Since it was first held on a July weekend in 1992 Glandore Classic Boats Regatta has developed into an outstanding event, “where the masterpieces of the great age of sail mingle with traditional West Cork workboats for a regatta of sailing and spectacle.”

This year’s event was intended to join with the Tricentenary celebrations of the Royal Cork Yacht Club’s 300 years, having been postponed from last year, which would have been its normal two-year cycle schedule.

So the decision by the committee of Glandore Harbour Yacht Club to postpone the event is a double “whammy” and will also be a big blow to the local tourist economy.

There wasn’t much alternative.

Sailing Secretary, Hal Andrews, told Afloat the reasons: “Social distancing requirements affect our ability to provide support and safety boat cover, ferry boat services, all social activities, club facilities, etc. We would have had to postpone, anyway, under current Irish Sailing ‘Back-to-Sailing plans. And it is impossible to know whether a return to lockdown definitely will not happen. We will make a decision later about whether to reschedule for 2021 or 2022, to link again to Cork 300 as originally planned.”

The combination of a new venue for a gathering of classic boats – Glandore Harbour’s natural amphitheatre, a warm welcome and the growing interest in traditional boats, contributed to the success of event after its first year. That had attracted a fleet of local and visiting traditional and classic boats. The original ‘Parade of Sail’ has been a strong spectator and visitor feature since the outset that has always been included and the ‘Classics’ has survived some turbulent weather conditions.

After the Millennium the biennial cycle regatta was re-titled Glandore Classic Regatta. While the Traditional and West Cork Mackerel Yawls and Lobster boats formed the backbone of the event, the regatta attracted a fleet of classic yachts, one-designs and classic day-boats. In following regattas, the Water Wags arrived from Dublin Bay to showcase formation sailing under the baton of Hal Sisk. The first of the Heir Island Sloops and the revived Cork Harbour One-Designs participated. The Fastnet Race for bigger boats was added to the programme. The Castletownshend ETTE Class raced, Howth 17’s took part as well as Conway Fifes, Shannon One-Designs and Classic Dragons as interest in the regatta expanded.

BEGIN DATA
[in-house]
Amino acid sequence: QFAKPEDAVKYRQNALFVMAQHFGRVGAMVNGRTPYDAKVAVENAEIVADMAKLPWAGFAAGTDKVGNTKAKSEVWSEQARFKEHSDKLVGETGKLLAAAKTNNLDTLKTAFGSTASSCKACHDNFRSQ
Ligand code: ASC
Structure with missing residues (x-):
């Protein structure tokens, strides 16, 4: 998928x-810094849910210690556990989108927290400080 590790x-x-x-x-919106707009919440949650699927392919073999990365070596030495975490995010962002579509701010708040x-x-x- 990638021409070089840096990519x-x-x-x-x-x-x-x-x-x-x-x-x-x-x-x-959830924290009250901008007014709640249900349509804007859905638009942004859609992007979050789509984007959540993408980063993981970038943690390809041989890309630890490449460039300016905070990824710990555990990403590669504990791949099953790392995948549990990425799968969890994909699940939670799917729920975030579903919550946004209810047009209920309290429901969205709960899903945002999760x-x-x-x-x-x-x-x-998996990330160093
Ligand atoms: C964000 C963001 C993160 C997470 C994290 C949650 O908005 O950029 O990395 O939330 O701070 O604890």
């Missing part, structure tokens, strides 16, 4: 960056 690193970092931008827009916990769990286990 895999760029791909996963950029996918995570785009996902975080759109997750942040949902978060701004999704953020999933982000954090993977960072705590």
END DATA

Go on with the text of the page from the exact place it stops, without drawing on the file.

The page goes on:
“An outstanding event where the masterpieces of the great age of sail mingle with traditional West Cork workboats for a regatta of sailing and spectacle. A ‘must-see’ on the sailing calendar for connoisseurs of classic, traditional or even just plain odd boats, it’s a feast for the eye, the memory with vividly contrasting boats all united in at least one purpose,” was one of the descriptions lavished on the event, I’ve had the pleasure of sailing in it several times aboard the late Guy Perrem’s MAB out of Monkstown Bay, which brought great pleasure to him when she took prizes back to Cork Harbour a number of times.

This year’s event was set to be the biggest and most exciting of the series as Glandore Harbour YC partnered with the RCYC’S Cork 300 with the possibility of bringing outstanding classic boats from around the world to the West Cork coast.

Its postponement is another of the long list of sailing event casualties due to the current health pandemic.

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Published in Tom MacSweeney

Since 1991 the scenic Glandore Harbour has seen some of the most elegant classic yachts coming together for racing and craic on shore.

Organisers say the reason why so many classic yachts keep coming back to Glandore is that it offers an unbeatable combination of one of the most beautiful natural harbours in the world, highly competitive racing, expertly organised, plus very relaxed friendly evening entertainment in the best West Cork tradition.

The Royal Cork Yacht Club will be celebrating its 300th anniversary during the week before Glandore. The close link with Cork 300 as well as with the Fife and Cowes Classic Regattas has generated unprecedented interest from the bigger classic yachts many of whom are extending their visit to the Irish south coast in order to cruise west and take part in the Glandore Classic Regatta 2020.

Published in Historic Boats
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#RNLI - Union Hall RNLI were tasked yesterday evening (Friday 11 August) by Valentia Coast Guard to a 16ft pleasure craft with five teenagers aboard that suffered engine failure in West Cork’s Glandore Harbour.

The lifeboat was launched and underway at 6.05pm to go to the aid of the casualty vessel, whose passengers had been angling at the eastern entrance of the harbour.

In favourable weather conditions, the Union Hall lifeboat was on scene within a few minutes to assist the pleasure craft as its position was a mere 15 feet away from rocks.

Following the incident, the five teenagers and their parents called to the lifeboat station to thank the volunteer crew for coming to their aid.

Martin Limrick, Union Hall RNLI volunteer lifeboat crew member, said: “The teenagers did everything right. They rang for help, deployed their anchor and were all wearing lifejackets.

“We would urge people when heading out on the water to have a means of communication, always wear a lifejacket and to respect the water.”

Published in RNLI Lifeboats

With just twelve days to go to the start of the 25th Anniversary Glandore Classic Boat Regatta 2017 from July 23rd to July 28th, Glandore Harbour Yacht Club are swinging all systems into action with the extra muscle provided by sponsorship writes W M Nixon. As ever, the theme will be variety, with the pace in sheer style being set by elegant craft such as the 1970-vintage all-varnish 55ft McGruer ketch Cuilaun (Brian Smullen & Michael O’Flaherty).